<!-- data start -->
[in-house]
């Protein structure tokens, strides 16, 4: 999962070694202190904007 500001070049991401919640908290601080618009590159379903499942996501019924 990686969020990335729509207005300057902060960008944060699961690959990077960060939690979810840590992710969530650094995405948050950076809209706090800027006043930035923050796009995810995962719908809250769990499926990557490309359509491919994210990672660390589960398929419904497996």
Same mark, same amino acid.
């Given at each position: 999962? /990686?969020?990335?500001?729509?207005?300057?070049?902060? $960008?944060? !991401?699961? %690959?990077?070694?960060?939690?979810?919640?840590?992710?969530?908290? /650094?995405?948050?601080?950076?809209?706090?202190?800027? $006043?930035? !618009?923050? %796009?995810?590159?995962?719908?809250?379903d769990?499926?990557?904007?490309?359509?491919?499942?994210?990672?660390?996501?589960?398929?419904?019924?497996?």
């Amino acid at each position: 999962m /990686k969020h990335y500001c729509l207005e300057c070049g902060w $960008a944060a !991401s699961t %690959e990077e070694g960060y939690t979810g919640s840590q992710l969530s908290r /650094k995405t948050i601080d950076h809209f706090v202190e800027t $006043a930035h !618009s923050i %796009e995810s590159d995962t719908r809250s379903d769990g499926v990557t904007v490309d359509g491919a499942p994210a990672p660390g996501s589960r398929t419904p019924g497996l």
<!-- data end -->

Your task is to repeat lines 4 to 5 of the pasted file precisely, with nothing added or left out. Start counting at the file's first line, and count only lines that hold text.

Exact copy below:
């Given at each position: 999962? /990686?969020?990335?500001?729509?207005?300057?070049?902060? $960008?944060? !991401?699961? %690959?990077?070694?960060?939690?979810?919640?840590?992710?969530?908290? /650094?995405?948050?601080?950076?809209?706090?202190?800027? $006043?930035? !618009?923050? %796009?995810?590159?995962?719908?809250?379903d769990?499926?990557?904007?490309?359509?491919?499942?994210?990672?660390?996501?589960?398929?419904?019924?497996?």
């Amino acid at each position: 999962m /990686k969020h990335y500001c729509l207005e300057c070049g902060w $960008a944060a !991401s699961t %690959e990077e070694g960060y939690t979810g919640s840590q992710l969530s908290r /650094k995405t948050i601080d950076h809209f706090v202190e800027t $006043a930035h !618009s923050i %796009e995810s590159d995962t719908r809250s379903d769990g499926v990557t904007v490309d359509g491919a499942p994210a990672p660390g996501s589960r398929t419904p019924g497996l």